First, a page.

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What Predicts Middle School Girls' Interest in Computing?

Jill Denner

Abstract


Despite strong claims that middle school is a critical period for getting girls interested in computing, there is little research to guide the development of interventions. Many programs that target girls build on Eccles’ expectancy-value model, which focuses on expectations for success, values, and support from others. However, there is little research to justify the use of this model to guide efforts to increase interest in computing during middle school. To test the model, we analyzed data from 140 Latina and white girls in a California middle school collected on the first day of an IT-intensive after school program. The strongest direct predictor of girls’ interest in computing classes and careers was the extent to which they see value in computing, in particular their technological curiosity. Perceived support from school peers and teachers also had a direct effect, while perceived support from parents had an indirect effect via values. Expectations for success did not explain interest in computing. Implications for interventions are discussed.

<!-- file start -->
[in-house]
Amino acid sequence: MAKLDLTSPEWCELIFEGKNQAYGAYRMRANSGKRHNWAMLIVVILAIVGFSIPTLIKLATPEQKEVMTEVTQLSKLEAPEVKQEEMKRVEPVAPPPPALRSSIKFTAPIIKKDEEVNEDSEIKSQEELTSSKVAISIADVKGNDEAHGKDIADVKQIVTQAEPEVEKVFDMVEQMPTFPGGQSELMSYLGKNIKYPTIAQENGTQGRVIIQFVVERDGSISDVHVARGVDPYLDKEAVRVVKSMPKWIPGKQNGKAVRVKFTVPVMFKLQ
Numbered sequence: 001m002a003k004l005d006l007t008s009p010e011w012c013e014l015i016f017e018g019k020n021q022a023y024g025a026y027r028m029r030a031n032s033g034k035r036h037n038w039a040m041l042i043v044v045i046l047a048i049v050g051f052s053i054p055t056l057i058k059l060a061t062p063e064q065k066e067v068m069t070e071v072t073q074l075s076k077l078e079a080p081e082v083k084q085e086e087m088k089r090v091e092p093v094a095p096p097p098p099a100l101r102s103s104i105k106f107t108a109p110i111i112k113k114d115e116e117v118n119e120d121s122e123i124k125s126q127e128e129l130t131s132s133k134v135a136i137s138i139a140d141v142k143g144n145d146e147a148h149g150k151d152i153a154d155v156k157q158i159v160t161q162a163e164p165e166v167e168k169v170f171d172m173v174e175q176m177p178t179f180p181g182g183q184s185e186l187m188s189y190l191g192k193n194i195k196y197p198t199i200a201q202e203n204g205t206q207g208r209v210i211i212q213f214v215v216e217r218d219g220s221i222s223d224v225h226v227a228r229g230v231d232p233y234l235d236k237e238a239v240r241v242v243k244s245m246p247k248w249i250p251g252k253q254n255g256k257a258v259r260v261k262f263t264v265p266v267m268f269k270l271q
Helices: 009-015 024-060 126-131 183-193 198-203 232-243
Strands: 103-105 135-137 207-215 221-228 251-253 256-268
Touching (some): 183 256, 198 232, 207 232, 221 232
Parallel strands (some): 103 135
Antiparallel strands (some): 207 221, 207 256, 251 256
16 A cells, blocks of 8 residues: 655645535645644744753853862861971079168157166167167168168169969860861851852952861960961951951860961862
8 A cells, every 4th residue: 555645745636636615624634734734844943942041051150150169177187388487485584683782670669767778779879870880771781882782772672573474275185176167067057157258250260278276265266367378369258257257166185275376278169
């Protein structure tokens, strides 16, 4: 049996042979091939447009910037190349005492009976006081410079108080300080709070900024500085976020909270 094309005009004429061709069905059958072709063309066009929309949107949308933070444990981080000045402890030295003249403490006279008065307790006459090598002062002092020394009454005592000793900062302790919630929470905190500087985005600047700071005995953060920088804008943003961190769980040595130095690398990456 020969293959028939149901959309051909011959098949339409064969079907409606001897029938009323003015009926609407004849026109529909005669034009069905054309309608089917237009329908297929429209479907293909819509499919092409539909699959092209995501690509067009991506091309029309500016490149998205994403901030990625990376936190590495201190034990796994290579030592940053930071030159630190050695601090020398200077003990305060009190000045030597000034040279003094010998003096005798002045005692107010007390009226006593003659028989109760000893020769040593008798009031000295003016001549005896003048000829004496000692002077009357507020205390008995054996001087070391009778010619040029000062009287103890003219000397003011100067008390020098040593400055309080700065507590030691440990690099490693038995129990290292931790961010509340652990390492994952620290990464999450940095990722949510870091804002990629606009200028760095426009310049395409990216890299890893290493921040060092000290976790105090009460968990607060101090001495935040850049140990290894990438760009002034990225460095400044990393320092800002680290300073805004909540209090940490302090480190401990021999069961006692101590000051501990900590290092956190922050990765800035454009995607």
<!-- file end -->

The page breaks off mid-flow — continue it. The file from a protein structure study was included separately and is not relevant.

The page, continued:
Keywords


girls; computing; careers

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